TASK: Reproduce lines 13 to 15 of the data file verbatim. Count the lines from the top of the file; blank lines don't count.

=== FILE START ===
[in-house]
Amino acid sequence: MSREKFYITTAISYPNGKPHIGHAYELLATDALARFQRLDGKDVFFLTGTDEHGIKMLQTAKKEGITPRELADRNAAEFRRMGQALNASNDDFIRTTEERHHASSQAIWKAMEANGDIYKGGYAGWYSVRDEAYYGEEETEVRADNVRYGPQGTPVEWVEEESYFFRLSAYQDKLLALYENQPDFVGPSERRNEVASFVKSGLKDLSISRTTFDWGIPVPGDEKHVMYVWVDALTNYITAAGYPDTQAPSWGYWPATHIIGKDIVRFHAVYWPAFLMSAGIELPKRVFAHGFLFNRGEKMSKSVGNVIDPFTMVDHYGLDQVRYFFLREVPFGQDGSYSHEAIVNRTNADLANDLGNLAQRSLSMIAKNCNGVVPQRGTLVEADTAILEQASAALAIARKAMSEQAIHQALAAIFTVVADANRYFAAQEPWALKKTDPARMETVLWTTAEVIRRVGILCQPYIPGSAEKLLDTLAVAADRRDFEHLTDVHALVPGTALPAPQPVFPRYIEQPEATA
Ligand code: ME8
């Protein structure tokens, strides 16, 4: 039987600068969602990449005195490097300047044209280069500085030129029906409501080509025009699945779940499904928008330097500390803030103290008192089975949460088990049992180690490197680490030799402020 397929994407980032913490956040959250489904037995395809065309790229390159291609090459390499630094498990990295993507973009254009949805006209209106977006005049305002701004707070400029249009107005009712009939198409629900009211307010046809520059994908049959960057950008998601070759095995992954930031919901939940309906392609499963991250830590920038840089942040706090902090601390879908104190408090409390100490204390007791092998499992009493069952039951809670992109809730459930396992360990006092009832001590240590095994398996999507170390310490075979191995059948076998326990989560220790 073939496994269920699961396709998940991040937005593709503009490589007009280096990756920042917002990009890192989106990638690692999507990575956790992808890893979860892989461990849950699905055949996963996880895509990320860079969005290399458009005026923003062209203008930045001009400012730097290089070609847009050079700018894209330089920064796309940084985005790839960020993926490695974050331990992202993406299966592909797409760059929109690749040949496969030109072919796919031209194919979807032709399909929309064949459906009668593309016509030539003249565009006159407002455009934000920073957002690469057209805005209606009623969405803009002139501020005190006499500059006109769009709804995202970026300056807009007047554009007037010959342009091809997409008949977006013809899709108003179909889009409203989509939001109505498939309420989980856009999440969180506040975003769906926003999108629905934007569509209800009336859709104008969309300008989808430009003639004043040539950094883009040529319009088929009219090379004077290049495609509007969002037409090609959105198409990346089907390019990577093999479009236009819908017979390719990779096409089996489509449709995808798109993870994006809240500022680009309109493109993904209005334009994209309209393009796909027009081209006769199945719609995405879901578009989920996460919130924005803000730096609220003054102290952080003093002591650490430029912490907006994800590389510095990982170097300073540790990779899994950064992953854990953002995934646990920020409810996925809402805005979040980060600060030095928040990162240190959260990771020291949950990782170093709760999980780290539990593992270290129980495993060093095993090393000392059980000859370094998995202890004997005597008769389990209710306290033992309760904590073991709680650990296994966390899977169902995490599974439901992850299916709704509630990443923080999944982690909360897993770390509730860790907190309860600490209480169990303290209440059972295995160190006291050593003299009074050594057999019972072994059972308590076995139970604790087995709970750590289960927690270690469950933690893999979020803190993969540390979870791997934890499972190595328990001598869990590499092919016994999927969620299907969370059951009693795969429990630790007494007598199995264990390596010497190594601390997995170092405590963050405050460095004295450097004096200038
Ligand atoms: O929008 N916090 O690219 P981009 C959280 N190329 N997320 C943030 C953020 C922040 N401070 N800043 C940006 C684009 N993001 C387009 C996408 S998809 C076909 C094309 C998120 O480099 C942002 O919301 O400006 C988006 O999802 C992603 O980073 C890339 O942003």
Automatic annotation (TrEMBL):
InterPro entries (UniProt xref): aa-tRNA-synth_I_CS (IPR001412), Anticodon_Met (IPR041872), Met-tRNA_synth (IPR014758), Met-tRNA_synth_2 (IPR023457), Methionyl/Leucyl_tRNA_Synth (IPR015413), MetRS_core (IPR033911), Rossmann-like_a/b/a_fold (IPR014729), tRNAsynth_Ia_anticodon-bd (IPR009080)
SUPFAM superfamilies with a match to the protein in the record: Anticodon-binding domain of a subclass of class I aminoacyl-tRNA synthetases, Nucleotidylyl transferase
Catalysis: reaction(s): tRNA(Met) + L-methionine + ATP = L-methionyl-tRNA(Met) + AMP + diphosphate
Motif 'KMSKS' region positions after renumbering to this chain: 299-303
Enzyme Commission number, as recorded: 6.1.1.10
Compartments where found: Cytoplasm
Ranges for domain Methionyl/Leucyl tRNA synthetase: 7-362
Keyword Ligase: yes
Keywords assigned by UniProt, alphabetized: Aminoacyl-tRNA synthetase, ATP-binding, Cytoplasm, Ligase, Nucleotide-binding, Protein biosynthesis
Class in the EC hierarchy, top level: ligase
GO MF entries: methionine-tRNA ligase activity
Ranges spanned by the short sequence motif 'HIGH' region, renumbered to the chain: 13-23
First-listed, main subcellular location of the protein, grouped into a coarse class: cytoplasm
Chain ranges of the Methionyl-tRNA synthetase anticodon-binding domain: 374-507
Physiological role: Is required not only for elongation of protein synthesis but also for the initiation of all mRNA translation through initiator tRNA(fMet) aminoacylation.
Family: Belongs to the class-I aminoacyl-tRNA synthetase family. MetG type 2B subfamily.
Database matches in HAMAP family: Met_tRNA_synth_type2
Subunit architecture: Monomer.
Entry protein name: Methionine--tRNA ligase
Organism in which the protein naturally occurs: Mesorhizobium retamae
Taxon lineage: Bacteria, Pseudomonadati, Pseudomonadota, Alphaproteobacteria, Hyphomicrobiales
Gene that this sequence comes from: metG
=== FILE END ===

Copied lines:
Ranges for domain Methionyl/Leucyl tRNA synthetase: 7-362
Keyword Ligase: yes
Keywords assigned by UniProt, alphabetized: Aminoacyl-tRNA synthetase, ATP-binding, Cytoplasm, Ligase, Nucleotide-binding, Protein biosynthesis